4. The President is getting a political benefit from the dumping of Rumsfeld. Not only can the public be misled to believe that failures in Iraq are Rumsfeld’s fault, but the public can also embrace the idea that a genuine change in Iraq strategy is taking place, whether it is or not.
    5. Still, it may be an impression that the public needs. The disturbing revelation from last weekend’s leaked NSC report — that the Iraqi insurgency is now a self-sustaining criminal enterprise — gives the lie to White House talking points promoting the continued U.S. occupation of Iraq as a way of fighting terrorists “over there” or that the battle there somehow drains their resources and keeps them away from the U.S.

    Bolton Nomination: The decision by John Bolton not to pursue confirmation as UN ambassador was his own, though it is not clear that the President Bush wanted to go through the parliamentary maneuvers needed to keep him in office.

    1. The victory by Senators  Christopher Dodd (D-Conn.) and Joseph Biden (D-Del.), both presidential hopefuls, is a serious blow to hopes for bipartisanship in the next Congress. The Dodd-Biden vendetta, despite Bolton’s excellent service at the UN, tells the story of what Democrats really consider “bipartisan.”
    2. Lameduck Sen. Lincoln Chafee (R-R.I.) provided the decisive vote keeping the Foreign Relations Committee from reporting Bolton’s nomination, with the probability that he would have been approved by the full Senate. Republicans are enraged by Chafee, who was heavily supported for renomination by the White House and the GOP establishment. Chafee had privately indicated that after he was elected that he would vote for Bolton, but his loss apparently relieved him of that responsibility.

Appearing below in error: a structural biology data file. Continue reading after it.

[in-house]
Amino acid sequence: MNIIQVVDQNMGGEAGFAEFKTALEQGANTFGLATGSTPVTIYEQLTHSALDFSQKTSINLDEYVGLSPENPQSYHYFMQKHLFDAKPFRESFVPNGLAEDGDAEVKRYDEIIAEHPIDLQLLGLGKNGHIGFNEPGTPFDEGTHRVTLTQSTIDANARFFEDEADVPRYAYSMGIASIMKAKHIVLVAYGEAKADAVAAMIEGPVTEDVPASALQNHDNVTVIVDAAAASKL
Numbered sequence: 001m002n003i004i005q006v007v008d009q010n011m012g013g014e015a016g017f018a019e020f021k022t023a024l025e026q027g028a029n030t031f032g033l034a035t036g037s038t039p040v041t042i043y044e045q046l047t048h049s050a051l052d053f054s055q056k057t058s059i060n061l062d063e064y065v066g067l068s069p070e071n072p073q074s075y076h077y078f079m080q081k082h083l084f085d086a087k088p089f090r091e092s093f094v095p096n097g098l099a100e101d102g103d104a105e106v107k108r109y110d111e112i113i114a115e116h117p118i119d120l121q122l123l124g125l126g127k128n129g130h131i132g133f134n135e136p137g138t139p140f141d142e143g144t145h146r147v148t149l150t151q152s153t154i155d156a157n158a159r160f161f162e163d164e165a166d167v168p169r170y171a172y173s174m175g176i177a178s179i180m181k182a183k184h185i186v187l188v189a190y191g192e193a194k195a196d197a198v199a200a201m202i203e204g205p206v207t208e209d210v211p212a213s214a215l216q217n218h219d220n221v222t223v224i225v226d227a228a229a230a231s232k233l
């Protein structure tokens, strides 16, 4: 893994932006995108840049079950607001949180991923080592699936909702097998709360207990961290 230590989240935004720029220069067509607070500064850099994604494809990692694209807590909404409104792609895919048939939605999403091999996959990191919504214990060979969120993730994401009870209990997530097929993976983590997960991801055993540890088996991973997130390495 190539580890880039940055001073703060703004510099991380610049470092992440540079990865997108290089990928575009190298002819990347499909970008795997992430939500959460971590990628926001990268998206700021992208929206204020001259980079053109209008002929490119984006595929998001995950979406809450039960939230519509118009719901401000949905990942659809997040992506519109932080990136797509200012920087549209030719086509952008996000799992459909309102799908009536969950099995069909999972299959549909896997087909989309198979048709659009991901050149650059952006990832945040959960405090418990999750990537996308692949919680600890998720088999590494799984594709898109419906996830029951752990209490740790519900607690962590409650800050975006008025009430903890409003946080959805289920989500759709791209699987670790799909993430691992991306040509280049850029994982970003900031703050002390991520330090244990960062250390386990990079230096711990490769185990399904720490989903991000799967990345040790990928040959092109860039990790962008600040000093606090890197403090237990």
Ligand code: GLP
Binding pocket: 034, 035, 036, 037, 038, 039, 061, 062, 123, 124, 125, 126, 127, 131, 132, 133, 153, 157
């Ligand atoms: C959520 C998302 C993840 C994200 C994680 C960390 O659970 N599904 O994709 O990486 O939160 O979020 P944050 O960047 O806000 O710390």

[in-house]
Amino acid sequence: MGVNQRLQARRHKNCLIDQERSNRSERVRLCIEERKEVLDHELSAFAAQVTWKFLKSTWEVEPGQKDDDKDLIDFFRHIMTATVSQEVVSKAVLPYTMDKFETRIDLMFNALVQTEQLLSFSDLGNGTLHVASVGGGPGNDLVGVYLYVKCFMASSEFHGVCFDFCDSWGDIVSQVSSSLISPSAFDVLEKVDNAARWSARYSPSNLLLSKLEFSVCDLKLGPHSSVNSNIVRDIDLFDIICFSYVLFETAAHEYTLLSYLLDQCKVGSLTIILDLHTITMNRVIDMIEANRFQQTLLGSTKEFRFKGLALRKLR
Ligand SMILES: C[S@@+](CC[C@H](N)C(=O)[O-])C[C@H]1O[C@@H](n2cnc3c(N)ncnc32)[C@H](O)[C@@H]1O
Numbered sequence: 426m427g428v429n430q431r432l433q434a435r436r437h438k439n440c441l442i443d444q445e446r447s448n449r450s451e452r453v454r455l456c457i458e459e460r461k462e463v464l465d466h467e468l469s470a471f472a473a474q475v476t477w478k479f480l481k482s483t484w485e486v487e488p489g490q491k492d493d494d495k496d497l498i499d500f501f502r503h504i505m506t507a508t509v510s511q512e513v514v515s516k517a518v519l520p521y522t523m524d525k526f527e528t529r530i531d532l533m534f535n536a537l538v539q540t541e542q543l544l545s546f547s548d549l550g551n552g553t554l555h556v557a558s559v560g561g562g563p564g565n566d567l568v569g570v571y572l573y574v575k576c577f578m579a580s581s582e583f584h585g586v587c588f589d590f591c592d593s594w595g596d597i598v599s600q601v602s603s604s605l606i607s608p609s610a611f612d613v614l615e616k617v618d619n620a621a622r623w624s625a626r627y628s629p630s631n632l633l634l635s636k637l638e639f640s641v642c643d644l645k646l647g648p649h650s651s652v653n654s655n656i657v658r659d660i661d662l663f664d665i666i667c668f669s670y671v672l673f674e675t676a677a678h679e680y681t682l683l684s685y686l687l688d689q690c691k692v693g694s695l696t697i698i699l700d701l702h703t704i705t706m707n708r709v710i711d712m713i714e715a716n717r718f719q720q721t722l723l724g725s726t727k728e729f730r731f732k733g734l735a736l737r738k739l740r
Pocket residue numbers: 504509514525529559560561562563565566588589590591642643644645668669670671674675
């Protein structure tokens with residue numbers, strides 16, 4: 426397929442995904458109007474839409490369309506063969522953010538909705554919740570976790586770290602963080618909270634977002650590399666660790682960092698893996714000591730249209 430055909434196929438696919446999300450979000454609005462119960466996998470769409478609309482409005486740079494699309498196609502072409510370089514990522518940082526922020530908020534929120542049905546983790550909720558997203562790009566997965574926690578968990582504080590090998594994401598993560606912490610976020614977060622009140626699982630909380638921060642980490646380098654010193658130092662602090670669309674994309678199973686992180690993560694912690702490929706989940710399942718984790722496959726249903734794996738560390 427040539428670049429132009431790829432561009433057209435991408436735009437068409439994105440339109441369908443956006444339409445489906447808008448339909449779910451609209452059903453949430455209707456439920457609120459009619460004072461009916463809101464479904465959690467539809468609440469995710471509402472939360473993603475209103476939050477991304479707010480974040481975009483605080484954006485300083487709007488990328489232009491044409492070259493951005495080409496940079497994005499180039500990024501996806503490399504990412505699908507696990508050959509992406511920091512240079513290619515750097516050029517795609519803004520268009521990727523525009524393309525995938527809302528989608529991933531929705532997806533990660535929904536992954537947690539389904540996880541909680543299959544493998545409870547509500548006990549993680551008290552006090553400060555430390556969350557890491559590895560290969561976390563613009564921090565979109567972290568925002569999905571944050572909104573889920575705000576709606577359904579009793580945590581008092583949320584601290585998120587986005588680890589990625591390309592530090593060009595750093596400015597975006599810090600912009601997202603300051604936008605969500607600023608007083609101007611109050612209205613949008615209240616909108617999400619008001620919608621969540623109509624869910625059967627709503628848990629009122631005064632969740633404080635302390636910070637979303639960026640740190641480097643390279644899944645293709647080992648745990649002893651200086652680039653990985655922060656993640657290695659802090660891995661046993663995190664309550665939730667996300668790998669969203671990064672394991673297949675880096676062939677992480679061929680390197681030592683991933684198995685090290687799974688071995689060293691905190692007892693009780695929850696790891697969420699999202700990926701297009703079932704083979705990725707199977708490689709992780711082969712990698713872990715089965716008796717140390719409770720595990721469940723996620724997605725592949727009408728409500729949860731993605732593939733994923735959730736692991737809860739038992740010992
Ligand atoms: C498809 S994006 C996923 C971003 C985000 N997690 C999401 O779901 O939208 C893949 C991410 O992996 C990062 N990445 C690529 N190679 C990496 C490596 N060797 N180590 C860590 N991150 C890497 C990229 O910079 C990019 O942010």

3. The White House suggested the long-vacant deputy secretary of State’s post or a Cabinet-level counselor’s post for Bolton were possibilities. While he was not actually offered either post, Bolton appears to have had enough of dealing with vindictive Democrats.

    4. Bolton did an extraordinary job at the UN, especially in achieving Security Council unanimity on the Korean question. But Dodd was implacable in preventing his confirmation as he had been earlier in keeping Otto Reich from being confirmed as assistant secretary of State for Inter-American Affairs. Both foes of Fidel Castro, the two were unacceptable to Dodd as enemies of normalizing relations with Communist Cuba.


    The Congress is expected to spend no more than this week on its lameduck session, leaving most appropriations work to the new Democratic majority in January. Still, a few measures, including oil-drilling, are expected to pass in these slow post-election Winter days of Washington.

    Patent Nonsense: Among the lame-duck legislation that could be slipped through at the last minute is a patent measure that looks like a technical change to an obscure section of the U.S. Code. The bill would do little immediate or recognizable harm to anyone, but it is an illustration of how Washington works at its worst.

    1. The measure is carefully tailored to give a retroactive break to one single company — called the Medicines Company — so that it can extend a patent for its heart drug AngioMax. The company had the right to extend its patent, as drug companies usually do, to make up for time spent gaining approval from the U.S. Food and Drug Administration. But the company’s lawyers were one day late with their patent extension paperwork back in 2001, an error that could cost them $500 million, but which would also bring down the drug’s price as generic companies begin to produce it.

    2. As matters stand, the company’s patent will expire in 2010 instead of 2014 or 2015. Instead of suing their lawyers for malpractice, the Medicines Company instead spent millions on the best lobbyists money could buy in Washington — figures such as former Sen. Dan Coats (R-Ind.), former House Majority Leader Dick Armey (R-Tex.) and former LBJ aide Lloyd Hand, along with several others — to get a bill through Congress that would solve the problem for them by retroactively giving them a five-day extension of the deadline.